1. I'll limit myself to 6 since that's how many you threw into the pot:

    7: Totally different spell of the same level is cast instead. (Determine randomly)
    8: Spells looks and sounds like it has been cast, but none of the actual effects occur. (Treat as nondamaging illusion)
    9: Spell becomes a Living Spell, a monster with Hit Dice equal to the spell's level that can produce a version of the spell's effects at will.
    10: Spell becomes permanent.
    11: Caster acquires a curse thematically related to the spell. (ex: Sleep -> Caster is always tired)
    12: Target acquires a curse thematically linked to the spell. (As above)

  2. Awesome man, been following along with this series and digging it.

  3. I know this is a old thread, but I've been on a S&W kick, and want to share a couple of (long) thoughts.

    I read through all your Scoundrel posts, including your thoughts on skills and abilities.I like what you've written, and I agree that there is a fourth archetype, "I solve problems with trickery, subterfuge, and misdirection."

    However, I think I went farther afield in my definition of the trickster class. I like your class name Scoundrel, but I feel trickster is the most neutral definition between Rascal (Lawful), Rogue (Neutral), and Scoundrel (Chaotic).

    I chose Charisma as the Prime Requisite for the Trickster, as I feel that trickery and misdirection don't apply to inanimate objects (locks), but to people. Cugel is certainly a charismatic trickster.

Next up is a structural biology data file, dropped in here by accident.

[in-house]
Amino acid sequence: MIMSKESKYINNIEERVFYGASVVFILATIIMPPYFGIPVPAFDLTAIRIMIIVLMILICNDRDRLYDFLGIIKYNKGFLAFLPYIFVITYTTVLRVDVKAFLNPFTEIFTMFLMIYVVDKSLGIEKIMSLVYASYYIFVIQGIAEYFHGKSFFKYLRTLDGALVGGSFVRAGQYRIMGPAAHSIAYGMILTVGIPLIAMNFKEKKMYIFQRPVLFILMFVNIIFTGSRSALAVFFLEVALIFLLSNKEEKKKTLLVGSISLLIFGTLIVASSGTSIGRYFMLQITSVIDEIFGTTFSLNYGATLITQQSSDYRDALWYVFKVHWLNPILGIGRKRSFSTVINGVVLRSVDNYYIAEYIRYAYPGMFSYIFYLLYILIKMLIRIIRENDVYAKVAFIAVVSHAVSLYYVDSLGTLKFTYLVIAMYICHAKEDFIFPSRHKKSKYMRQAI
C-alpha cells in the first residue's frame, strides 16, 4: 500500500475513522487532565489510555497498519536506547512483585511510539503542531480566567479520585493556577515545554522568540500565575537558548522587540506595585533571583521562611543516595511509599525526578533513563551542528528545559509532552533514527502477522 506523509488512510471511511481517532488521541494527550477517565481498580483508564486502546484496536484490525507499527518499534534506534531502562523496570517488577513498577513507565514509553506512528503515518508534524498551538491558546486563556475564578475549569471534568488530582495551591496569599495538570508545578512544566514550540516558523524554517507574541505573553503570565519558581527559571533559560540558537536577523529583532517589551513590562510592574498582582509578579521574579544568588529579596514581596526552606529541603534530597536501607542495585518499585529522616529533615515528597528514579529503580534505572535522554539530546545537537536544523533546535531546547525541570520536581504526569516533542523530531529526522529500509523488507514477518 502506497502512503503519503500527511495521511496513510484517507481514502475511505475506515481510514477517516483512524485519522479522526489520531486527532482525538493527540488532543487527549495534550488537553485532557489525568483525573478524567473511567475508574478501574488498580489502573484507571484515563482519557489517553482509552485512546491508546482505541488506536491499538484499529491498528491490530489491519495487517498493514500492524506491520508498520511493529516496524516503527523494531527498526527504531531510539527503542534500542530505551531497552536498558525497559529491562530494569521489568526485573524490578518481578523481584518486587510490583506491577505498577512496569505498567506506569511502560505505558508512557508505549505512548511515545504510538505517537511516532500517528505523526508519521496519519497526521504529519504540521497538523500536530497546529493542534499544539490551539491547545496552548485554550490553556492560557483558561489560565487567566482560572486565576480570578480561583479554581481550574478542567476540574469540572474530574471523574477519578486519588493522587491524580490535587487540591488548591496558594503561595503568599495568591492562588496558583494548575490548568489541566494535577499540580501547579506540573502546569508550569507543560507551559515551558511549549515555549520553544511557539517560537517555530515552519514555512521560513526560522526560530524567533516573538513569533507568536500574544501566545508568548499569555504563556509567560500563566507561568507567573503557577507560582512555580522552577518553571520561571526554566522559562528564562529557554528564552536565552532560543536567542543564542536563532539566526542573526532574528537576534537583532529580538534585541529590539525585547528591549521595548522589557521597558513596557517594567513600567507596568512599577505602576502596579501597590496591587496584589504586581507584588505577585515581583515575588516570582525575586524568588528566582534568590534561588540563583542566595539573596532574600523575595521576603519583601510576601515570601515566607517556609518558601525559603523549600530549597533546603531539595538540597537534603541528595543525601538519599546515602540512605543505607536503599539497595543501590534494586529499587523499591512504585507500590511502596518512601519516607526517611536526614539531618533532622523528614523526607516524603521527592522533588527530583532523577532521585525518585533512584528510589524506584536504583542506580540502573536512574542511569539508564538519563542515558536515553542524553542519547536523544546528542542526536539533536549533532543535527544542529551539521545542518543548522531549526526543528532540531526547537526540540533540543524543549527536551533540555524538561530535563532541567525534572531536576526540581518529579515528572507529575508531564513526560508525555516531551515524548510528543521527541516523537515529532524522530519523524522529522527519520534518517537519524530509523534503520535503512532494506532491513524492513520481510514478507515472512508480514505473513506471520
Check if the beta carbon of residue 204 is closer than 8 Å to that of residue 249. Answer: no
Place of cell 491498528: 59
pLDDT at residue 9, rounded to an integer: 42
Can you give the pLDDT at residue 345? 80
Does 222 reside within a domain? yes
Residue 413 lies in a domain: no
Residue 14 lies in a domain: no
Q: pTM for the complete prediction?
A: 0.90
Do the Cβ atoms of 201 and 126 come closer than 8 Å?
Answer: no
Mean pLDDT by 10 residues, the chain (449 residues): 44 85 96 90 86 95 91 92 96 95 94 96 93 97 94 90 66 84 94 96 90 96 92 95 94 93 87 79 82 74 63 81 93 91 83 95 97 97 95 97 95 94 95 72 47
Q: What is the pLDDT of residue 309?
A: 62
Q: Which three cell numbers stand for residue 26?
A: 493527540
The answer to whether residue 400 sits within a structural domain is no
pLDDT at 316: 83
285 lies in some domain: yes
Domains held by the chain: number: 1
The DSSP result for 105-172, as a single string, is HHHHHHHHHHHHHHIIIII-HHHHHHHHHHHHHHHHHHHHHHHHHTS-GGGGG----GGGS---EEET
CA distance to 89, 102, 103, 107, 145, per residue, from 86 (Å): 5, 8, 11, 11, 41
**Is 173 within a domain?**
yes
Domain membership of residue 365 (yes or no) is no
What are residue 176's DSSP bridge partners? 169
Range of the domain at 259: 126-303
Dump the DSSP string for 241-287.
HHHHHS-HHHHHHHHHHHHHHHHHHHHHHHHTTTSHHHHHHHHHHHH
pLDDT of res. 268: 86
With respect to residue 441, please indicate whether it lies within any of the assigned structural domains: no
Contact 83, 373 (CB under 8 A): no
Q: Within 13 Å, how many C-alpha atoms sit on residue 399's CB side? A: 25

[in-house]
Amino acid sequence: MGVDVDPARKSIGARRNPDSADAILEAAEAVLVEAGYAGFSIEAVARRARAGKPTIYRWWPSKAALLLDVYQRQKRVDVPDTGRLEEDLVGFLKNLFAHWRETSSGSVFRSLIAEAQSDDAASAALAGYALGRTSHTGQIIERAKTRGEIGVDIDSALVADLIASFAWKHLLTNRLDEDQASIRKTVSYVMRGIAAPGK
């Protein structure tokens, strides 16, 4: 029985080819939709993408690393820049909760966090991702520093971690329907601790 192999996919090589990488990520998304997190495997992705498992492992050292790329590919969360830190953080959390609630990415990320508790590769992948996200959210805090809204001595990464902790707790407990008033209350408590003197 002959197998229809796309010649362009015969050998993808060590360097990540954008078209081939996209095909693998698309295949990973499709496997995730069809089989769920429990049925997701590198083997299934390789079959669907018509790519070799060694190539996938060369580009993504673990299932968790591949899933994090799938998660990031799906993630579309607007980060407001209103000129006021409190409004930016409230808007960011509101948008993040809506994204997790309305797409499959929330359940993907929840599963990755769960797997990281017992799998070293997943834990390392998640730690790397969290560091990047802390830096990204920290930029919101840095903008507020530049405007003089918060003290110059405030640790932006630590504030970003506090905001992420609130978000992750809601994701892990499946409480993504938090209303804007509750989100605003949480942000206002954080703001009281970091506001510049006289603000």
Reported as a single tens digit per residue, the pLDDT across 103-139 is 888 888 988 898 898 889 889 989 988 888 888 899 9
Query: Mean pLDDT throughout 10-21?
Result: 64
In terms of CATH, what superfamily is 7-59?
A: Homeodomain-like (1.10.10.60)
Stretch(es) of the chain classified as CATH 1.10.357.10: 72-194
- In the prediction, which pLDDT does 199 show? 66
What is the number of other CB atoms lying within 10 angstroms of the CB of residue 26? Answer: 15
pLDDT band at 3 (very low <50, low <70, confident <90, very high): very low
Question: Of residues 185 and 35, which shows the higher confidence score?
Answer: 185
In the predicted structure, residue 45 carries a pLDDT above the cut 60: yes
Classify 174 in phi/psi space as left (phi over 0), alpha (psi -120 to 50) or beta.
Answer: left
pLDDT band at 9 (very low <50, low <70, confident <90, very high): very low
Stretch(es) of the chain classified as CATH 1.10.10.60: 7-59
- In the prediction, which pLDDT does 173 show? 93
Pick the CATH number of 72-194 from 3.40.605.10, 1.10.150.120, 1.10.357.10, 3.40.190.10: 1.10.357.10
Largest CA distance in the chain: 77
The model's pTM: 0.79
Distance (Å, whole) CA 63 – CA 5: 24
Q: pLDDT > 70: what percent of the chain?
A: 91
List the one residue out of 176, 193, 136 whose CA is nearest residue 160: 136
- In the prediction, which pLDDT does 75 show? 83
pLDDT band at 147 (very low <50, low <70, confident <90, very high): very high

Finally, I based the class off of the Illusionist, instead of the thief:

    The Trickster
    You are a rascal or scoundrel, solving life’s problems through trickery, stealth, or misdirection. Perhaps you are a wandering minstrel, a deceitful mountebank, a colorful jester, mysterious gypsy, an immoral assassin, or a greedy thief. Whatever your cover story, your weapons are deceit, your armor is misdirection, and your power is subtlety. Tricksters rarely rise to positions of absolute authority, and are more often shadowy powers behind the throne or flagrant anti-authority figures.

    Prime Attribute: Charisma, 13+ (5% experience)
    Hit Dice: 1d6 (Gains 1 hp/level after 9th level.)
    Armor/Shield Permitted: Leather/Buckler.
    Weapons Permitted: One-handed melee weapons, except the Bastard Sword, and any missile weapon, except Heavy Crossbow, and Longbow.

    Trickster Class Abilities
    Misdirection: The Trickster receives a +1 bonus on dice rolls to misdirect or go unnoticed.
    Spell Casting: Like the Magic-User, Tricksters learn a cast spells specializing in illusion, misdirection, and confusion.
    Troupe (9th): At ninth level, a Trickster may establish a troupe and attract a body of like-minded individuals who swear fealty to him or his cause. The troupe will most likely have a convincing, seemingly legitimate facade.

    I use a "Describe what your character does, then I'll let you roll dice" game style and rely on a simple 2d6 over 8 mechanic (aka. Traveller Task Resolution). So the Misdirection ability might apply to Sneaking, Bluffing, or picking locks.

    Lastly, I'll let anyone try to pick a lock. I need to work out some random lock mechanics that will trigger a dice attempt when the player uses the right description for what he's doing.